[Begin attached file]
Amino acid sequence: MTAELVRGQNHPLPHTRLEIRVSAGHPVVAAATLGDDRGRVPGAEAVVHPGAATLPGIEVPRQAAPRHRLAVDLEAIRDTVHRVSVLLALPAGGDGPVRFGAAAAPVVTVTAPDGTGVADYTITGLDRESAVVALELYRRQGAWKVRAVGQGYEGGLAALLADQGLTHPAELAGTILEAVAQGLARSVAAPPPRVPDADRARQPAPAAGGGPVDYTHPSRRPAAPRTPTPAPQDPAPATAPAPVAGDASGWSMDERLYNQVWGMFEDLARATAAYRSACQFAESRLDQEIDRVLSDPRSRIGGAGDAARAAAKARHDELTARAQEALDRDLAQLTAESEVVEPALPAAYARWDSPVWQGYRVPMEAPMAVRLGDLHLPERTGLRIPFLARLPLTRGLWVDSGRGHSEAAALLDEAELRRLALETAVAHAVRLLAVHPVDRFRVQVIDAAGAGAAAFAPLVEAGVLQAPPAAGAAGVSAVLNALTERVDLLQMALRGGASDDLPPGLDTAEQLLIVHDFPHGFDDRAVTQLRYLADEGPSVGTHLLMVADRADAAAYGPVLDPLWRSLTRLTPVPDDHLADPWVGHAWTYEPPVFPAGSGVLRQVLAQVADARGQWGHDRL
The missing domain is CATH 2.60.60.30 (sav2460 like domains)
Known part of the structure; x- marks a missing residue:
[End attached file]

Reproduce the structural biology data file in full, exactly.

Amino acid sequence: MTAELVRGQNHPLPHTRLEIRVSAGHPVVAAATLGDDRGRVPGAEAVVHPGAATLPGIEVPRQAAPRHRLAVDLEAIRDTVHRVSVLLALPAGGDGPVRFGAAAAPVVTVTAPDGTGVADYTITGLDRESAVVALELYRRQGAWKVRAVGQGYEGGLAALLADQGLTHPAELAGTILEAVAQGLARSVAAPPPRVPDADRARQPAPAAGGGPVDYTHPSRRPAAPRTPTPAPQDPAPATAPAPVAGDASGWSMDERLYNQVWGMFEDLARATAAYRSACQFAESRLDQEIDRVLSDPRSRIGGAGDAARAAAKARHDELTARAQEALDRDLAQLTAESEVVEPALPAAYARWDSPVWQGYRVPMEAPMAVRLGDLHLPERTGLRIPFLARLPLTRGLWVDSGRGHSEAAALLDEAELRRLALETAVAHAVRLLAVHPVDRFRVQVIDAAGAGAAAFAPLVEAGVLQAPPAAGAAGVSAVLNALTERVDLLQMALRGGASDDLPPGLDTAEQLLIVHDFPHGFDDRAVTQLRYLADEGPSVGTHLLMVADRADAAAYGPVLDPLWRSLTRLTPVPDDHLADPWVGHAWTYEPPVFPAGSGVLRQVLAQVADARGQWGHDRL
The missing domain is CATH 2.60.60.30 (sav2460 like domains)
Known part of the structure; x- marks a missing residue: